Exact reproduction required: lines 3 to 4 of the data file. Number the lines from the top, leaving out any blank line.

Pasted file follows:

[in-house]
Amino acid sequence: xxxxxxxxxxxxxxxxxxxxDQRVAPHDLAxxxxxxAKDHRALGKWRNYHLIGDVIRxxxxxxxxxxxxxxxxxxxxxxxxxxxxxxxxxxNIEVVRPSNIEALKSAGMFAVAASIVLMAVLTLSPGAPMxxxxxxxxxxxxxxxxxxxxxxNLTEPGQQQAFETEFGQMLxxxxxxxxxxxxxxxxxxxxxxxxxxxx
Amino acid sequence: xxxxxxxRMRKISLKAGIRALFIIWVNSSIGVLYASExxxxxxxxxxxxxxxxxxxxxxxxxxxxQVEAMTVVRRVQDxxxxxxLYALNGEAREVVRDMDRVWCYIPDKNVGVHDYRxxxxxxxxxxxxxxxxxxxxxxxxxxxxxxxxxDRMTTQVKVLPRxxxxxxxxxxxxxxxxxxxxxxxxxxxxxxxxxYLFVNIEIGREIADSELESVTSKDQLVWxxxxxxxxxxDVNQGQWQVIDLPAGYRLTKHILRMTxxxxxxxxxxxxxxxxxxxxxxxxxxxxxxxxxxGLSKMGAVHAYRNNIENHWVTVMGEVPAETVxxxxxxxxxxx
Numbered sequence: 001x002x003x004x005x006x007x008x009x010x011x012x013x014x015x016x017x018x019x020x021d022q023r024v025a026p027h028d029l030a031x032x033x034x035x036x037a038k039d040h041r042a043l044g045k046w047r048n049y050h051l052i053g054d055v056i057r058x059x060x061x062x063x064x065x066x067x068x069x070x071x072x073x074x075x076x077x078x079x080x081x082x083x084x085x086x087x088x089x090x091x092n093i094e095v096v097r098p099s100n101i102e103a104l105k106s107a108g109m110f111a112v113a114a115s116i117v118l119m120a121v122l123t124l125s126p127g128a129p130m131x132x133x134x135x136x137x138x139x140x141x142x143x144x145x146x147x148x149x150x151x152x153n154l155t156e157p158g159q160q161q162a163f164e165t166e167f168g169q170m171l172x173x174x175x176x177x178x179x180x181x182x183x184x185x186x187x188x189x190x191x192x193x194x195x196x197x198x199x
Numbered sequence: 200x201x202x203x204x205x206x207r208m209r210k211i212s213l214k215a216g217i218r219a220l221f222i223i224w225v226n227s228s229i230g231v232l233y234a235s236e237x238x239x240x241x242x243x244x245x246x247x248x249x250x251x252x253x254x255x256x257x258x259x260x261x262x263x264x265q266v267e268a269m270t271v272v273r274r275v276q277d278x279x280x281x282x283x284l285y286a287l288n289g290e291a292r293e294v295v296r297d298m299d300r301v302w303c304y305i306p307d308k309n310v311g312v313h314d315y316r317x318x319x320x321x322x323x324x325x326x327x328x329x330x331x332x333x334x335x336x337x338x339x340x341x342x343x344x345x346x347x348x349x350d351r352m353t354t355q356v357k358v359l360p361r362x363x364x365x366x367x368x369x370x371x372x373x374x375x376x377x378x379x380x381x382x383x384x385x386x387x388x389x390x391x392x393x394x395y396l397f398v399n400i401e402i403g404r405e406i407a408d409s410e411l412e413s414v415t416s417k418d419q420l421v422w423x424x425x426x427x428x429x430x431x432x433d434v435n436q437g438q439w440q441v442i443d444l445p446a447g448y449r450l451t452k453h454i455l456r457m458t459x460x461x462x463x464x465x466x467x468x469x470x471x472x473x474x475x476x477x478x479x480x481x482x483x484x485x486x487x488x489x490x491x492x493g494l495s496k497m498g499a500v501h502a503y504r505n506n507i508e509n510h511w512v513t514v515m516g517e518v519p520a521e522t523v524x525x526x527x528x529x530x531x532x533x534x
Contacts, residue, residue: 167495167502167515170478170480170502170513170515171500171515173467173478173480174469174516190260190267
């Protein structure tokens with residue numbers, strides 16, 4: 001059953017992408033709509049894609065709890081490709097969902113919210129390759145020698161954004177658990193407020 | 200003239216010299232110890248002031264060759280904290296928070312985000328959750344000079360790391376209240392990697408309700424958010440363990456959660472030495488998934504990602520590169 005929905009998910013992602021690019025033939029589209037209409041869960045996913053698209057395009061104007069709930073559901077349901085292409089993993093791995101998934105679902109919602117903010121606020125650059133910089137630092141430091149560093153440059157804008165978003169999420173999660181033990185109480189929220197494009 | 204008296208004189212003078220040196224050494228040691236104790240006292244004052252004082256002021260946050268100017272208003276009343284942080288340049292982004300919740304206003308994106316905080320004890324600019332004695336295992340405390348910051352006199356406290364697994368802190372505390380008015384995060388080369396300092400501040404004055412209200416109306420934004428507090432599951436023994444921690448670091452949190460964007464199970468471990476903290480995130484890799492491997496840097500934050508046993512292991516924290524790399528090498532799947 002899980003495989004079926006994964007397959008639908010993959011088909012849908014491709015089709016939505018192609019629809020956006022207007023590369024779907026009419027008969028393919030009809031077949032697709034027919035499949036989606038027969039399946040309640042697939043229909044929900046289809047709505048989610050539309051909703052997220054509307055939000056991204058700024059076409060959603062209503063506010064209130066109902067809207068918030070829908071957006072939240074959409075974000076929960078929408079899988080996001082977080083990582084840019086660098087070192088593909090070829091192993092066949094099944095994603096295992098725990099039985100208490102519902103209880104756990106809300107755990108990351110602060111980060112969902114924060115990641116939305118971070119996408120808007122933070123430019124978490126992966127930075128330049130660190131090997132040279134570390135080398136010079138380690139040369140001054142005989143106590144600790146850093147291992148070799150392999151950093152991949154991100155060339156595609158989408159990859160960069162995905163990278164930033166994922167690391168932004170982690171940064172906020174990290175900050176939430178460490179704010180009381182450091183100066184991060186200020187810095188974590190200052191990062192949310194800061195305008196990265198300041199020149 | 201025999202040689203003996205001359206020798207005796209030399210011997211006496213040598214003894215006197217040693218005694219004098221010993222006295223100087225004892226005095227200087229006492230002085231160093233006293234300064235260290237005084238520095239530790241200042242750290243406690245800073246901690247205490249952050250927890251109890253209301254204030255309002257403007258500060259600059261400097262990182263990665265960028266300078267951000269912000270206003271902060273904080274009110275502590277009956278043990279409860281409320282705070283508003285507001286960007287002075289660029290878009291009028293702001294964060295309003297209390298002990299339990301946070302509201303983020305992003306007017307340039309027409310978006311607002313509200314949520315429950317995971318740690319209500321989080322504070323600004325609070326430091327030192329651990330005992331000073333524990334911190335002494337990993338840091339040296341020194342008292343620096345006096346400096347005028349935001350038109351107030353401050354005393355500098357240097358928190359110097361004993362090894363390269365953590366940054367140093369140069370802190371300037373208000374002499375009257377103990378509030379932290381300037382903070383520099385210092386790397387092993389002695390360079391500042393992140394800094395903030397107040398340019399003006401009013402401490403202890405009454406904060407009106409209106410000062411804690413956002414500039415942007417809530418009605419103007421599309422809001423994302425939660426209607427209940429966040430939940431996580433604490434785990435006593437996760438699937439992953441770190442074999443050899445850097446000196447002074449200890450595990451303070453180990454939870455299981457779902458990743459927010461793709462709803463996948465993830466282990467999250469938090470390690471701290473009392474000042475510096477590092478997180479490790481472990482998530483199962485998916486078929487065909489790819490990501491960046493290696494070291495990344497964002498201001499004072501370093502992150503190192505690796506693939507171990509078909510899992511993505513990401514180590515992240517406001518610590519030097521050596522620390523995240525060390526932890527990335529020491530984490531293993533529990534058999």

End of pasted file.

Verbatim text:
Amino acid sequence: xxxxxxxRMRKISLKAGIRALFIIWVNSSIGVLYASExxxxxxxxxxxxxxxxxxxxxxxxxxxxQVEAMTVVRRVQDxxxxxxLYALNGEAREVVRDMDRVWCYIPDKNVGVHDYRxxxxxxxxxxxxxxxxxxxxxxxxxxxxxxxxxDRMTTQVKVLPRxxxxxxxxxxxxxxxxxxxxxxxxxxxxxxxxxYLFVNIEIGREIADSELESVTSKDQLVWxxxxxxxxxxDVNQGQWQVIDLPAGYRLTKHILRMTxxxxxxxxxxxxxxxxxxxxxxxxxxxxxxxxxxGLSKMGAVHAYRNNIENHWVTVMGEVPAETVxxxxxxxxxxx
Numbered sequence: 001x002x003x004x005x006x007x008x009x010x011x012x013x014x015x016x017x018x019x020x021d022q023r024v025a026p027h028d029l030a031x032x033x034x035x036x037a038k039d040h041r042a043l044g045k046w047r048n049y050h051l052i053g054d055v056i057r058x059x060x061x062x063x064x065x066x067x068x069x070x071x072x073x074x075x076x077x078x079x080x081x082x083x084x085x086x087x088x089x090x091x092n093i094e095v096v097r098p099s100n101i102e103a104l105k106s107a108g109m110f111a112v113a114a115s116i117v118l119m120a121v122l123t124l125s126p127g128a129p130m131x132x133x134x135x136x137x138x139x140x141x142x143x144x145x146x147x148x149x150x151x152x153n154l155t156e157p158g159q160q161q162a163f164e165t166e167f168g169q170m171l172x173x174x175x176x177x178x179x180x181x182x183x184x185x186x187x188x189x190x191x192x193x194x195x196x197x198x199x